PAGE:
When it comes to three-ply installations, you’ll install the base sheet then follow it by reinforcing ply. You’ll then cover it with the surface sheet. The surfacing offers extra protection and can be: adhered minerals, fine aggregates, or even liquid coatings. 

Advantages of Modified Bitumen Membranes

A significant advantage of the modified bituminous roofs over the BUR roof systems is their simplified installation process. That means they are less susceptible to issues. Also, the membranes have been in the market for decades, making them highly reliable.

Disadvantages of Modified Bitumen Membranes

Like the BUR roof systems, modified bituminous membranes are also hazardous to the environment. They also pose health risks to roofers due to the chemicals they contain and the fumes they produce. 

Why Winter is Usually Hard on Roofing Membranes

When the temperature is extremely low during winters, roofs with single-ply membranes tend to suffer the most due to heavy snowfalls. Some of the roofing membranes that usually experience most winter damages include PVC, EPDM, or TPO.

If you live in an area that experiences a dramatic fall in temperatures, you shouldn’t invest in single-ply membranes. They are usually more susceptible to extreme winters. A phenomenon known as “supercooling” can even exacerbate the impacts of winter.

“Supercooling” usually occurs when the membrane roof temperature gets colder than the ambient air temperature. The phenomenon is typically notable on clear moon nights when the thermal radiation gets emitted into space faster.

The occurrence will subject the roofing membranes to colder temperatures. When the temperature warms up during the day, the roof’s expansion and contraction will even be greater, increasing the risks of damages. This may compromise the roof’s structure.

Drainage Issues that Can Affect Roofing Membranes in Winter

Besides the impacts of fluctuating temperatures and damages from heavy snowfalls on a roofing membrane, uncorrected roof drainage issues can also threaten the integrity of membrane roofs. Here are some of the problems that can destroy roofing membranes.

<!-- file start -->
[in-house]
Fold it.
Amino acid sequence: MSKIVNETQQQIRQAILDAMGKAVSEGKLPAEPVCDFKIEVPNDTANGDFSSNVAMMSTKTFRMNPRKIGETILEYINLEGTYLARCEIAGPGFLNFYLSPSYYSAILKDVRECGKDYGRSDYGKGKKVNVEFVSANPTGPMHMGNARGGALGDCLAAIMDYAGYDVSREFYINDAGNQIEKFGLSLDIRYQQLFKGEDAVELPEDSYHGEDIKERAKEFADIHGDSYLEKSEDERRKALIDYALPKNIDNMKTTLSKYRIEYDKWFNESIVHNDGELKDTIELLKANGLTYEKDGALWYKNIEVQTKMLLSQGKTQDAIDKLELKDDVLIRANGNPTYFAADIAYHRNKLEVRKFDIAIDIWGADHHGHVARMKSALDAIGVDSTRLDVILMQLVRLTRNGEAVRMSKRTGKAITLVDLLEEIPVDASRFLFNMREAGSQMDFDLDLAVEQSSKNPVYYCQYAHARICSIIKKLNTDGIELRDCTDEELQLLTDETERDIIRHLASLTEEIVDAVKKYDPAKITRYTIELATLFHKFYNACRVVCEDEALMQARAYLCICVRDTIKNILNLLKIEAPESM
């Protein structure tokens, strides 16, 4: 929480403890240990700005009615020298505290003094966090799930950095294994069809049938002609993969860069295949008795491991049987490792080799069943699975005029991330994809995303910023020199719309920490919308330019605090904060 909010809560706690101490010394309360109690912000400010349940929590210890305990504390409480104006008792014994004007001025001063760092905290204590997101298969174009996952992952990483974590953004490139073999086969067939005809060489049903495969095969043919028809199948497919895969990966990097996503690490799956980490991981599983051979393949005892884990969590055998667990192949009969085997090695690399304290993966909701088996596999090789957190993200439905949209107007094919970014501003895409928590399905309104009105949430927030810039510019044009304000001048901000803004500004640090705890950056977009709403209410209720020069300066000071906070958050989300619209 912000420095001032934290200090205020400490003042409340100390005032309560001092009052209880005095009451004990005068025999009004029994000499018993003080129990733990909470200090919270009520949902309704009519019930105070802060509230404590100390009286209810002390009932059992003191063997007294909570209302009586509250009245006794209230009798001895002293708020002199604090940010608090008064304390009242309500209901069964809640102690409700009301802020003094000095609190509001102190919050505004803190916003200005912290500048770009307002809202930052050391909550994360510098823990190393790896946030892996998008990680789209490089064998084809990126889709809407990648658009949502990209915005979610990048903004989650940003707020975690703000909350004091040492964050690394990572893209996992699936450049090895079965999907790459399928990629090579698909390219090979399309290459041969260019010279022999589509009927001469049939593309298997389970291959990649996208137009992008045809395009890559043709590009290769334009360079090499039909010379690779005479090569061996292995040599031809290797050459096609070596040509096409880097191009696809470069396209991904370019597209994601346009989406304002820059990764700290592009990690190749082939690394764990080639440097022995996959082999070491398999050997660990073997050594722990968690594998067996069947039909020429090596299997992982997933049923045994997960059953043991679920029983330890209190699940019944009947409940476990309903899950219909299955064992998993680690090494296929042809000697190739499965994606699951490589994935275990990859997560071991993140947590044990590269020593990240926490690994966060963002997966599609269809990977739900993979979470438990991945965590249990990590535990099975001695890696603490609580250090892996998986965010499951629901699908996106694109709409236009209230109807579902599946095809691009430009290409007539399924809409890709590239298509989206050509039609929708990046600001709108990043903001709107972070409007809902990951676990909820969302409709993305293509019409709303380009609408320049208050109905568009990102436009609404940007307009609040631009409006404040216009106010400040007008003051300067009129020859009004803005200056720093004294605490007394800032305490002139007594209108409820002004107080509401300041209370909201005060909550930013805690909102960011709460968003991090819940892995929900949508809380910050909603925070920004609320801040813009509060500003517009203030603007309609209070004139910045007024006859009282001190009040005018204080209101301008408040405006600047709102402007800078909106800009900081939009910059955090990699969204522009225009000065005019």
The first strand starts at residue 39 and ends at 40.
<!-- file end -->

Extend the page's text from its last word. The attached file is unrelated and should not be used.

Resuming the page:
Trapped Melt Water

Membranes roofs are usually designed to allow water to flow. But when the snowmelt becomes trapped after a heavy snowfall, it adds significant weight to the roof. If the roof was not designed to support the extra weight, the roof might collapse.

Ice Damming

When snow builds up on your roof during winter and melts partially in warmer dayparts, the meltwater will travel to your roof’s drainage system. When the temperature drops suddenly around the drainage areas, the melted water will refreeze to form an ice dam.

Frozen or Clogged Drains and Scuppers

When properly installed, the drainage systems on any roofing design will function well and efficiently. However, when the drains, scuppers, or gutters get clogged with a lot of debris, they will freeze, stopping or slowing the drainage rate.

Final Words

If you live in cooler areas, invest in the best roofing membrane to withstand the harsh climate. The good news is that you now know the best roofing membranes designed for winters, including the BUR and modified bitumen roofing systems. At Roof Master, we can help you with the installation process.

Contact us to talk to one of our roofing experts and get immediate help.